Mr. Mann felt that Linville Gorge gave him the perfect backdrop for shooting scenes in the wilderness of 18th century New York. The rugged country challenged the construction crews. Moving heavy equipment and hundreds of cast members in the mountains only to be rained out or to have the director change his mind proved to be frustrating and costly. The company closed out its 6 month filming in the mountains six weeks behind schedule due to heavy rains throughout the summer of 1991. Cost over runs of $20,000 an hour during shooting were not uncommon. By October the budget had exceeded forty million dollars. When the film was completed, the production company was required by law to restore the area.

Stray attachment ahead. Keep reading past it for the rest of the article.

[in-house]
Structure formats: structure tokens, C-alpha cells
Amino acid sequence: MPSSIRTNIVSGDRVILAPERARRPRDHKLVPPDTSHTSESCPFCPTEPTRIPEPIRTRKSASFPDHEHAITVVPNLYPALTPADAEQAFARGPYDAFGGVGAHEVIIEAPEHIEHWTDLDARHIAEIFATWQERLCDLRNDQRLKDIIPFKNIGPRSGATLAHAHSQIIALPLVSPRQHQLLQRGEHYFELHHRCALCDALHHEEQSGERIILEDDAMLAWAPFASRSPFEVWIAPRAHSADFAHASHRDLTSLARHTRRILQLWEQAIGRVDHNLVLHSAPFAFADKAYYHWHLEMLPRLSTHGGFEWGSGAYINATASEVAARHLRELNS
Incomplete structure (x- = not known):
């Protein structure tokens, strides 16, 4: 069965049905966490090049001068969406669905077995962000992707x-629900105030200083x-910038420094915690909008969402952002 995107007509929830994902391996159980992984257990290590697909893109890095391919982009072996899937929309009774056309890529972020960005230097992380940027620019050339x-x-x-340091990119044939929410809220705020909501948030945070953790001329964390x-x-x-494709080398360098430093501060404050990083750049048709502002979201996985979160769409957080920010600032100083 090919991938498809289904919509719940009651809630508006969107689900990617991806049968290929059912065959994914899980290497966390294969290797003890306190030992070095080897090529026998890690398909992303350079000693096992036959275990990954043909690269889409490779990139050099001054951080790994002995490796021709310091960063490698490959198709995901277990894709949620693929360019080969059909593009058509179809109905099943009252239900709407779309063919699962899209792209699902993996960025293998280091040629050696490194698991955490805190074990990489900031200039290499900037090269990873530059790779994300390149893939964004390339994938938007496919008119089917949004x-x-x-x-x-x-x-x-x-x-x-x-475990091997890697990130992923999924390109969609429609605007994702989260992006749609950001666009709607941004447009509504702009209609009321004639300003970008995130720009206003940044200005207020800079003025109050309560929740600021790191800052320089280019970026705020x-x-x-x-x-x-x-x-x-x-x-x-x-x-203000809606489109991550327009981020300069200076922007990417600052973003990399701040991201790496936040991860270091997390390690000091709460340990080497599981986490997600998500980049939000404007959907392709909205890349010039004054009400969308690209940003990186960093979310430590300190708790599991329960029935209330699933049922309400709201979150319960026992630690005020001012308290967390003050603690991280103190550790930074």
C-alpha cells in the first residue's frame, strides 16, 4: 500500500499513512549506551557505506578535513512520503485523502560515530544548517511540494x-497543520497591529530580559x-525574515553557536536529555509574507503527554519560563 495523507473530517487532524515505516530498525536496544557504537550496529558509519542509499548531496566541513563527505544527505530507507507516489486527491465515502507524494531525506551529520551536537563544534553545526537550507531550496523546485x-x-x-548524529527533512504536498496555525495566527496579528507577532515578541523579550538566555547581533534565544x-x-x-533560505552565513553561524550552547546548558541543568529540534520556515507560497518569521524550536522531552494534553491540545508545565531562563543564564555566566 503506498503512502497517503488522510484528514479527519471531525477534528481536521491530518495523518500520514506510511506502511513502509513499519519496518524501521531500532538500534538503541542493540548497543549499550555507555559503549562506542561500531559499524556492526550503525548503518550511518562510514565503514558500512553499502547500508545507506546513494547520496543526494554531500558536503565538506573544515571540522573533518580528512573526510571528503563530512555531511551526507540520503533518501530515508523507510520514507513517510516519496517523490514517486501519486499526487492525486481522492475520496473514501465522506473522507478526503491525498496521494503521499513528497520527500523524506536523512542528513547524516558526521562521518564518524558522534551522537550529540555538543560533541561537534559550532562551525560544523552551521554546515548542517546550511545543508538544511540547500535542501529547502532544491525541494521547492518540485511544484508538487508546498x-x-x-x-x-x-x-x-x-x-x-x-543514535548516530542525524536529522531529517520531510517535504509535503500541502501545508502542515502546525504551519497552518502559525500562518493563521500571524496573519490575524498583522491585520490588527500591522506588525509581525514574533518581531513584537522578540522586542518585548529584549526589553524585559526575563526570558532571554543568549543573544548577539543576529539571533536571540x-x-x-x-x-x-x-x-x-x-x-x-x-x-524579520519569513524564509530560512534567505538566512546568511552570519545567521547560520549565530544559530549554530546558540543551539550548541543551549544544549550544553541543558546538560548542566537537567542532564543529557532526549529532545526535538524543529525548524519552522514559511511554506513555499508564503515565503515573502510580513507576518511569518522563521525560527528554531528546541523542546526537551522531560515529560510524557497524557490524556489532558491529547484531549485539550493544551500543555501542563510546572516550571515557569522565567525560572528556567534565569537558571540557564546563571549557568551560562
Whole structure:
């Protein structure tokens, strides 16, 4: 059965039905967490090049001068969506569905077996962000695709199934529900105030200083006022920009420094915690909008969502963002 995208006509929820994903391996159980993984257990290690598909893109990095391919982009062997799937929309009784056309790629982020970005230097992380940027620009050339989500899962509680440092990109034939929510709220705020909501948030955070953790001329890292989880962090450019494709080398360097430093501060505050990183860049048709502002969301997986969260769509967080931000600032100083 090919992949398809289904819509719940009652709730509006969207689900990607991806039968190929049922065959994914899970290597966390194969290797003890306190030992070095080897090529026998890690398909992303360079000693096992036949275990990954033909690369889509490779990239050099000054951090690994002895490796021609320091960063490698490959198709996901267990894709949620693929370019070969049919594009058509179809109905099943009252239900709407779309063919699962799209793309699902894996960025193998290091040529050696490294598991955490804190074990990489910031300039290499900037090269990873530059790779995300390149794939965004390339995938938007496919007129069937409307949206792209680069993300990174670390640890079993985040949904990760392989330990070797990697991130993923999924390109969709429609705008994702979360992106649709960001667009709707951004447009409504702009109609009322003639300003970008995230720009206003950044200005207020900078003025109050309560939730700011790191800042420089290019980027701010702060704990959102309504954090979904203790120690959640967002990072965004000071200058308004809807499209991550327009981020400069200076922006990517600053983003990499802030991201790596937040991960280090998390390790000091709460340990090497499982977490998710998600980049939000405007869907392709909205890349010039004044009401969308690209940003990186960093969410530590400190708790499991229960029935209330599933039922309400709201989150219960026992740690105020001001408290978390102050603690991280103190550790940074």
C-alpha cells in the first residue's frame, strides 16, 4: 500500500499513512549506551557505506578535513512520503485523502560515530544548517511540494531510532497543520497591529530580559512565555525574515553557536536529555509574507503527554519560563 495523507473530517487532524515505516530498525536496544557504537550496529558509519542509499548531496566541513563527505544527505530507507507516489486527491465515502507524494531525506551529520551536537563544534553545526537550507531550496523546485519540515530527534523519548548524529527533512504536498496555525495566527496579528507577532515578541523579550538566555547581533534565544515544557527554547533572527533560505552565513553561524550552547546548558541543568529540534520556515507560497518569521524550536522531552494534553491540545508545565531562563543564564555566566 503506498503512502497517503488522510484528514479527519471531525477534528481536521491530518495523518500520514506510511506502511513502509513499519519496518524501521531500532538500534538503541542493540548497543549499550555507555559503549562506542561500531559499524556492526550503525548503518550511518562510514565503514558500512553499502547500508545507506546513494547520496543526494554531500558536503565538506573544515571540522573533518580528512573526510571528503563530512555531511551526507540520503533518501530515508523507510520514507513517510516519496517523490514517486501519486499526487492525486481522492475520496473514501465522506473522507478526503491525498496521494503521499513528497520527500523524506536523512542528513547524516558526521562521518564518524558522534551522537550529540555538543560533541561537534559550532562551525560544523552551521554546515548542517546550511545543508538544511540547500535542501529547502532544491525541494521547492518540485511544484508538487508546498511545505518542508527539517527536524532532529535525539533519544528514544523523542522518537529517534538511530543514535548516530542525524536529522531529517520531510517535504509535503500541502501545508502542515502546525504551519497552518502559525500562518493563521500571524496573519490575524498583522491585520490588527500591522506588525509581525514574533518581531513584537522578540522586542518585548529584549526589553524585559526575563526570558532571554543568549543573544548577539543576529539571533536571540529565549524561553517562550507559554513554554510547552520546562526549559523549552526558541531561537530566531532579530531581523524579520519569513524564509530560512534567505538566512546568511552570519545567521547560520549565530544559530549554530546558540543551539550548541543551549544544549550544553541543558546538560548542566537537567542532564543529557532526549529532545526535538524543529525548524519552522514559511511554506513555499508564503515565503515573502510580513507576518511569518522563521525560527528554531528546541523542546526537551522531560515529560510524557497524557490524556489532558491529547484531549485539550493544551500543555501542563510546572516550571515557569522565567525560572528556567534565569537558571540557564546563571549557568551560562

Mann fired his first cinematographer and the costume designer. The hair stylist quit. The film was plagued by nearly a dozen wildcat work stoppages: initially by American Indians (Russell Means helped negotiate improved working conditions and exempts Mann from any blame for the problems) and then by local extras. The 2000 extras protested poor pay, and wanted better working and living conditions. Director Mann was quoted as saying that laying "dead" on the damp and rocky ground for hours without breaks for multiple retakes was normal on location shooting. Extras outside of Hollywood "don't know what to expect." North Carolina's right-to-work law, permits non-union employees to work for a company that has a union contract. The result of making the film in NC rather that in NY or CA saved the production company a small fortune. Rather than paying union wages and benefits, local workers had to individually negotiate with the company. The company kept individual contracts secret, and no one knew [unless employees shared with each other] what anyone else was earning. Pay ranged from $4 to $15 a hour. Housing, quality of meals, and transportation also varied with negotiation.